Bayes' theorem, sometimes described as the theorem of inverse probabilities for finding the probabilities of the different causes any one of which could have led to an observed effect, is justly famous as one of the key pillars of modern statistics — in particular for the way it allows the incorporation of subjective probabilities into such computations without relying only on frequency-based probabilities. Moreover, the field of Artificial Intelligence has found further valuable uses not envisaged by the Reverend Bayes in the 18th century, and Bayesian Artificial Intelligence has become a rapidly expanding field. But there has been no comprehensive study of the life and works of the author of the theorem. In his preface to Most Honourable Remembrance, Andrew Dale explains that his aim was to "flesh out the shadowy figure after whom one of the major branches of modern statistics is named".
The extensive and careful work which the author has put in to achieve his aim is evident everywhere in the book. It must obviously have involved a lot of labor — evidently a labor of love for the author — to collect all the details he has given about Thomas Bayes' ancestors, his early schooling and life, the town he lived in, the burial ground he was buried in, the inscriptions in the burial ground, the will Bayes left, and so on. It is all there in as much detail as anyone could ask for.
Interesting and useful as all this will be for anyone interested in knowing more about Bayes, this is just part of the riches contained in this book. The seminal essay on The Doctrine of Chances in which Bayes first propounded his views is printed in full, with a an introduction and an illuminating commentary placing the paper in context and relating it to the views of other founders of probability theory such as Bernoulli and Laplace. The commentary also explains how in addition to the famous Bayes theorem, the paper also contains contributions to pure mathematics in relation to issues like the evaluation of the incomplete beta function. Furthermore, Dale provides similar introductions and commentaries for the other lesser-known (one might better say hardly-known) works of Bayes, such as his Introduction to the Doctrine of Fluxions, in which he provided counter-arguments against Bishop Berkeley's criticism of calculus, or his theological paper on Divine Benevolence, and his writings on a miscellany of subjects including electricity and celestial mechanics.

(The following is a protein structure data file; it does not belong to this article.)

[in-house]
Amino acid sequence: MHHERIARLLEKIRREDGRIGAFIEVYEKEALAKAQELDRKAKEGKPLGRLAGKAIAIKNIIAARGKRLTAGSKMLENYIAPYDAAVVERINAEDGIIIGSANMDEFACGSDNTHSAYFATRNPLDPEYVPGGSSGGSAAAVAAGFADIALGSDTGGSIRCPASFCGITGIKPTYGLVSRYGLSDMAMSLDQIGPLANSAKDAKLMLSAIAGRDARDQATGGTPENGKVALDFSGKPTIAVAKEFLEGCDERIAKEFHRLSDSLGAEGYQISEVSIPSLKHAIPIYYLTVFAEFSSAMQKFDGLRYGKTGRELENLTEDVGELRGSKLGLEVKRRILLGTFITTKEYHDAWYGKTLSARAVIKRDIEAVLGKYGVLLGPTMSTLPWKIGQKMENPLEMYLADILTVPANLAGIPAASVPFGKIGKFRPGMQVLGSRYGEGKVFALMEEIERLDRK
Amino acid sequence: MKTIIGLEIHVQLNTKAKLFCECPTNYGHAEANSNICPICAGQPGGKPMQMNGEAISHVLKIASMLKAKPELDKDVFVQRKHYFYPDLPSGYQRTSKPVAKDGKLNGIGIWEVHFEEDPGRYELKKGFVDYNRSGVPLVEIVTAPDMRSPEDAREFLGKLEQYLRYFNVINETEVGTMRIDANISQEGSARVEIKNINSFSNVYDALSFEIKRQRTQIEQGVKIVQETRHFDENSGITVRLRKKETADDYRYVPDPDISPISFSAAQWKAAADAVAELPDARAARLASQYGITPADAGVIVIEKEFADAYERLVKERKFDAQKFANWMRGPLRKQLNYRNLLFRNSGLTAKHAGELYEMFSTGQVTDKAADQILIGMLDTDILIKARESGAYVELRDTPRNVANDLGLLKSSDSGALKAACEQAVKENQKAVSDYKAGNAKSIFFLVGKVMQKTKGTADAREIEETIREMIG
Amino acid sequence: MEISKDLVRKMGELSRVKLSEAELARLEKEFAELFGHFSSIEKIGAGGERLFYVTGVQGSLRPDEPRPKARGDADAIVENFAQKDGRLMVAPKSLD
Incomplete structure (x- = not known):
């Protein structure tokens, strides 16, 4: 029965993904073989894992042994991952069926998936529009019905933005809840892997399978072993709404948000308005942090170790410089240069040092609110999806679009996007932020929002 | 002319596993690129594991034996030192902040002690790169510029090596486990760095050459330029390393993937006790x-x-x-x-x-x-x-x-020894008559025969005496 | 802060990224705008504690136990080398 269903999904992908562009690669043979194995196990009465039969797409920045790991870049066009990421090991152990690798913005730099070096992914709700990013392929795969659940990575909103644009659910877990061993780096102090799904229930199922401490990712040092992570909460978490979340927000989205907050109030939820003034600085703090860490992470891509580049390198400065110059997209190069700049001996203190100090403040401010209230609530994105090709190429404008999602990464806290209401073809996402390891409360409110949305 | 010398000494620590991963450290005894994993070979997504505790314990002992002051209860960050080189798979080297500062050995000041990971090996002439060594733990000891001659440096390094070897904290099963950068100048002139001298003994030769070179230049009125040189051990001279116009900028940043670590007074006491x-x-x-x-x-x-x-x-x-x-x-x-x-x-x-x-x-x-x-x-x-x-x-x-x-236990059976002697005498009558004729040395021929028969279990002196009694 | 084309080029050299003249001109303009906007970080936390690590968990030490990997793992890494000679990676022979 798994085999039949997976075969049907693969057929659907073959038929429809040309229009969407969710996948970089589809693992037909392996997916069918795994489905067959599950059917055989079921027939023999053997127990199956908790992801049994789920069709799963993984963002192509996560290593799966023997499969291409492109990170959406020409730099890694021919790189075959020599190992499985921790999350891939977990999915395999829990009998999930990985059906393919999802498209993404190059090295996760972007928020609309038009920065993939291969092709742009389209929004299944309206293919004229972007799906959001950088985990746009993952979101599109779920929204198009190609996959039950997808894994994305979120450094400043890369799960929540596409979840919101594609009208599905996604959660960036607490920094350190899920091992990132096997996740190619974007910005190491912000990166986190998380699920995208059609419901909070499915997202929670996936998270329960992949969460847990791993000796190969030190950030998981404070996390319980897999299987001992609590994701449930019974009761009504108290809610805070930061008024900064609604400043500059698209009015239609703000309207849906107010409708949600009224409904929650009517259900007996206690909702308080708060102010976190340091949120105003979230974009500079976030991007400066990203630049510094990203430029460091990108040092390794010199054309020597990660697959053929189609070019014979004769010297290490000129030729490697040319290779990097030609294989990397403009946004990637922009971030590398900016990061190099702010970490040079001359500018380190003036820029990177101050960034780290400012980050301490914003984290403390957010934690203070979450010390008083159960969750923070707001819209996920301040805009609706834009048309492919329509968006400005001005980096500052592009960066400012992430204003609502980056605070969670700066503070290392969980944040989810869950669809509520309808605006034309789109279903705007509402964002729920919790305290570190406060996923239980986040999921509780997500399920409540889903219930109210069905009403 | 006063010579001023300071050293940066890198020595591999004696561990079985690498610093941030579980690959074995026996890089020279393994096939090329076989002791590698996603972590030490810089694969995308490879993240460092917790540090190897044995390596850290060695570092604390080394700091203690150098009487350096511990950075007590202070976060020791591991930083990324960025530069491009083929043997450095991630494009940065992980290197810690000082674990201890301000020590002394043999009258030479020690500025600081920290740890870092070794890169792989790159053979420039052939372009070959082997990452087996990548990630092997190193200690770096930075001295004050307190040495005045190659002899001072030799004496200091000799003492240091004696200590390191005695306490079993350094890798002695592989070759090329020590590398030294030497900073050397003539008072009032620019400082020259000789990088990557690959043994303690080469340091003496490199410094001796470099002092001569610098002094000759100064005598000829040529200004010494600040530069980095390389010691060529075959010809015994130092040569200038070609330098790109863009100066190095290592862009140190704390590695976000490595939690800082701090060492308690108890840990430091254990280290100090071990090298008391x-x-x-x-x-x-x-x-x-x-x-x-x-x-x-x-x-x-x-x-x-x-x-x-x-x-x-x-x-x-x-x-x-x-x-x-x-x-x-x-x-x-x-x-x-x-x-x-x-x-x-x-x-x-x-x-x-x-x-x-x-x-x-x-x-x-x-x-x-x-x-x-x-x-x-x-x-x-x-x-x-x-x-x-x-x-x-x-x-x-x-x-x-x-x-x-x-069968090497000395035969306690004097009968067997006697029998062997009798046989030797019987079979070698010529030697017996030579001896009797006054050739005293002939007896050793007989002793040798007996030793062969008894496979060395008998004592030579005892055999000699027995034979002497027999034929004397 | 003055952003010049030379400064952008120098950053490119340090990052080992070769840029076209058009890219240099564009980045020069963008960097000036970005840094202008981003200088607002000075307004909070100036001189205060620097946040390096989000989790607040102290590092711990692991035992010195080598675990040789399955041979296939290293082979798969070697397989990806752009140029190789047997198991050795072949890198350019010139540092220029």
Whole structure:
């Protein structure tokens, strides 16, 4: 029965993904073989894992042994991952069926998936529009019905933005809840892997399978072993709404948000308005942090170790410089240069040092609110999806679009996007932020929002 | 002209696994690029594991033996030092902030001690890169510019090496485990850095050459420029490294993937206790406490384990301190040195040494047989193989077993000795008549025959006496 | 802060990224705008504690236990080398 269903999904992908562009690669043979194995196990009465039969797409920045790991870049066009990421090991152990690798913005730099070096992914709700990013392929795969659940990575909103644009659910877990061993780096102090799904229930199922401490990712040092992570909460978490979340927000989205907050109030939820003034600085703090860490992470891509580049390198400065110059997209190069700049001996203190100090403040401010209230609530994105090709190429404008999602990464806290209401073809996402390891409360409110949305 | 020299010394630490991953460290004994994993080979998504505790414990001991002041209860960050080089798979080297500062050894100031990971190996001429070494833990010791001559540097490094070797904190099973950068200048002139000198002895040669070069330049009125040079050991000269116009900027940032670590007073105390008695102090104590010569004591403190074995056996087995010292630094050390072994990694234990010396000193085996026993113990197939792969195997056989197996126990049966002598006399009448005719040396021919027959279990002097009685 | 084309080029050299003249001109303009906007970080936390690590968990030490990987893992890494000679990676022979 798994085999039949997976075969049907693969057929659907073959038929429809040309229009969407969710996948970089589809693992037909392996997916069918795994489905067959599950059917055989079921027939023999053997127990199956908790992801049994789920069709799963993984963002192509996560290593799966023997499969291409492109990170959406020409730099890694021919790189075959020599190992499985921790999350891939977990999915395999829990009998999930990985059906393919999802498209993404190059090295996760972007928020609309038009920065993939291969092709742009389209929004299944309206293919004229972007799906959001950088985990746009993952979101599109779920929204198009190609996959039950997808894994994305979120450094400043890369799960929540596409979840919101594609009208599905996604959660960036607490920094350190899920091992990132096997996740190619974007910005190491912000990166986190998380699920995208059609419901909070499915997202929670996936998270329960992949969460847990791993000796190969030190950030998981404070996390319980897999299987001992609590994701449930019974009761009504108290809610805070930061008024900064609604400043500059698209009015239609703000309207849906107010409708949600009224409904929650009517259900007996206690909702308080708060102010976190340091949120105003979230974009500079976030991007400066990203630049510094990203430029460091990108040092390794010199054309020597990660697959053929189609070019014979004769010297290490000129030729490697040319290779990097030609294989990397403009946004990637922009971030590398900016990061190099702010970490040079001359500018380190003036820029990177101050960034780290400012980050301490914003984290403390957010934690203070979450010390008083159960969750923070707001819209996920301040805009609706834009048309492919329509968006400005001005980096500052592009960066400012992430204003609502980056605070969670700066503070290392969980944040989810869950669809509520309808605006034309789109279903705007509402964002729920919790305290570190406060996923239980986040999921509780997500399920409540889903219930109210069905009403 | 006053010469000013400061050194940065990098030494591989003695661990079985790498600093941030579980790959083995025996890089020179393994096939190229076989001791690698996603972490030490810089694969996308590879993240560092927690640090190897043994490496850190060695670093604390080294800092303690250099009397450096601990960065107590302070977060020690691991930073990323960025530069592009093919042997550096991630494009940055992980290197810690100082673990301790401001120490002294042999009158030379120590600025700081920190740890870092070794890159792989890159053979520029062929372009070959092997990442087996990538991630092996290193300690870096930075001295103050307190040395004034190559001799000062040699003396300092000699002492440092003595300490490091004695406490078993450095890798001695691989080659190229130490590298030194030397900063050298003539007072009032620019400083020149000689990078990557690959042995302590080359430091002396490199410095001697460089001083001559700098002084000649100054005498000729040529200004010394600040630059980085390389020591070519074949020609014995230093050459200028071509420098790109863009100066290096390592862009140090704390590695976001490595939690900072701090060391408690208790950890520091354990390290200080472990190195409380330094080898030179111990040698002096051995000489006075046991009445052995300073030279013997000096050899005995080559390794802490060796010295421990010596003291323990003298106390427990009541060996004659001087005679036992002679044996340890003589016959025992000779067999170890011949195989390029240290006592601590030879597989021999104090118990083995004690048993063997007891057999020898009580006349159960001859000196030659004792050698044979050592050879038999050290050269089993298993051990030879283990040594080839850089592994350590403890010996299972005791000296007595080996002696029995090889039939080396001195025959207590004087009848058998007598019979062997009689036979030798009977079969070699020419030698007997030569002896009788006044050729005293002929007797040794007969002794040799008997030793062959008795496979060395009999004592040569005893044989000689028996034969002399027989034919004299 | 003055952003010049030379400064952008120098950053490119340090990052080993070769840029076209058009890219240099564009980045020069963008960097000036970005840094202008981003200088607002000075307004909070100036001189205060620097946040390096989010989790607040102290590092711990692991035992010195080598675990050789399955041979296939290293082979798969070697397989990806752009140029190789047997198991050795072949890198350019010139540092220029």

One emerges from the book with two feelings: first, that Bayes was one of the most powerful thinkers of his time and that to think of him only in terms of Bayes' theorem is to do him less than justice; second, that Dale has not just "fleshed out the shadowy figure " of Bayes, he has done much more by his careful and deep analysis of Bayes work as a whole. Beyond doubt this book is a work of the highest quality in terms of the scholarship it displays, and should be regarded as a must for every mathematical library.
Ramachandran Bharath is Visiting Professor of Mathematics at Colby College.